by not buying unnecessary extras. And in the early 2000s, taking advantage
of the failure of some telecom operations, Google began buying up abandoned
fiber-optic networks, paying pennies on the dollar. Now the company has
built a mighty empire of glass.
Over the years, Google has also built
a software system that allows it to manage its countless servers as if they
were one giant entity. Its developers can act like puppet masters,
dispatching thousands of computers to perform tasks as easily as running a
single machine. In 2002 its scientists created Google File System.
MapReduce, a Google system for writing cloud-based applications, was so
successful that an open source version called Hadoop has become an industry
standard. Google tackles load balancing with an automated system called
Borg. Google engineers just write their production code, and the system
distributes it across the server floor.
To ensure reliability,
Google has innovated an answer involving people. The Site Reliability
Engineering team have ultimate responsibility for keeping Google and its
services running. SREs are not merely troubleshooters but engineers who are
also in charge of getting production code onto the bare metal of the
servers. Every year, the SREs run a simulated war, called disaster recovery
testing (DiRT), on the infrastructure.
Google says it has hundreds
of thousands of servers. But the magic number is basically meaningless.
Today's machines, with multicore processors and other advances, have many
times the power and utility of earlier versions. In any case, Google intends
to render its present data centers obsolete.
By Cade Metz
Wired, March 2013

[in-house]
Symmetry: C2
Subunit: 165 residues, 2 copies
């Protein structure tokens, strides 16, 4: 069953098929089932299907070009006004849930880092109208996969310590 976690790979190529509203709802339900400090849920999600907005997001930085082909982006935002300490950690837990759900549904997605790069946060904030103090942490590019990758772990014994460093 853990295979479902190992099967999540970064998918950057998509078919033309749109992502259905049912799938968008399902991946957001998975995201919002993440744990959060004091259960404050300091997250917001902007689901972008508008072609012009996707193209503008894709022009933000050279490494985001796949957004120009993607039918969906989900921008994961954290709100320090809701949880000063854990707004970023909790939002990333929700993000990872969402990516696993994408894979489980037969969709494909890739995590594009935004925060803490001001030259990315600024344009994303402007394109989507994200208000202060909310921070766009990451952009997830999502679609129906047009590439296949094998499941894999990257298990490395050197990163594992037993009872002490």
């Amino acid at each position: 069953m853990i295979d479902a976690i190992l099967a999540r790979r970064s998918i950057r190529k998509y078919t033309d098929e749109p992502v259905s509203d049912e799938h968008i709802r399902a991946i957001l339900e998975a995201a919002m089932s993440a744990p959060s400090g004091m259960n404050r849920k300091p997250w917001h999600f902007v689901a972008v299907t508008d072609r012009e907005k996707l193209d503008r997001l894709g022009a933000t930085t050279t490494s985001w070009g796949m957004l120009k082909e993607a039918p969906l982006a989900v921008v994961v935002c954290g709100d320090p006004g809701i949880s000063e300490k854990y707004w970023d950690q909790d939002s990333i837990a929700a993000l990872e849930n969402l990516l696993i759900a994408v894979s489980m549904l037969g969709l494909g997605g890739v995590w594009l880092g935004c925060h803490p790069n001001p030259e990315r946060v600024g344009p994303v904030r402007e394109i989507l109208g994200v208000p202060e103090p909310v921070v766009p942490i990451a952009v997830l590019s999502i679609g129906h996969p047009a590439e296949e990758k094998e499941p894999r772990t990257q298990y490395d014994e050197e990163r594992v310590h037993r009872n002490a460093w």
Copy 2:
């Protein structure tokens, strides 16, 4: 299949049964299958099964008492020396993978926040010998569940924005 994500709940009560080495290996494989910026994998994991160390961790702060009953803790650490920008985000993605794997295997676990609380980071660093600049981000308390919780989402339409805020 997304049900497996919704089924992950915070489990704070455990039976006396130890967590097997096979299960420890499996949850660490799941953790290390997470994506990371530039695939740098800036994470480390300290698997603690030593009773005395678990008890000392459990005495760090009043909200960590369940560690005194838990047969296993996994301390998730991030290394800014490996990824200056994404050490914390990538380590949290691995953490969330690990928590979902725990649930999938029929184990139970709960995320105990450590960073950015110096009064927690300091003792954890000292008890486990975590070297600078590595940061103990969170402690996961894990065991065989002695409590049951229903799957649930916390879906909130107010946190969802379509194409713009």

Edited by Andy Ross
The Borg is the software system at the heart of Google. Borg parcels out
work across Google's vast fleet of computer servers. It is one of the
secrets of Google becoming the dominant force on the web. Google has been
using it for about 10 years and is now building a new version called Omega.
Borg provides central control of tasks across Google's data centers.
Rather than building a separate cluster of servers for each software system,
Google defines a cluster that does several jobs at once. All this work is
divided into tiny tasks, and Borg sends these tasks wherever it can find
free computing resources. Minimizing the complexity of task allocation let
Google reduce the size of its infrastructure by a few percent.
Twitter is a much small company, but its engineers built a similar system
using the open-source platform Mesos. Ben Hindman founded the Mesos project
at UC Berkeley and now runs Mesos at Twitter. When he was at Berkeley,
multicore processors were new. Traditionally, a chip had one processor that
ran one task at a time. A multicore processor lets you run many tasks in
parallel. Hindman built a system that ran multiple software apps evenly
across all the cores, to balance the load and use the full power of the
Hindman worked with a single computer but he could apply his
system to an entire data center. Traditional data management systems like
Hadoop run one massive server cluster. If you want to run another
distributed system, you set up a second cluster. But Hindman and his team
found that they could run distributed systems more efficiently if they Mesos
ran many systems on a single cluster.
Google helps fund the Berkeley
lab that developed Mesos. Omega brings the Borg closer to the Mesos model.
Both cluster management systems let you run multiple distributed systems on
the same cluster of servers. They also provide an interface for software
designers to run their own apps, but the Borg interface offers lots of
controls for engineers to tweak. Omega will hide most of them and automate
more. It runs the data center like one big computer. The next step is to run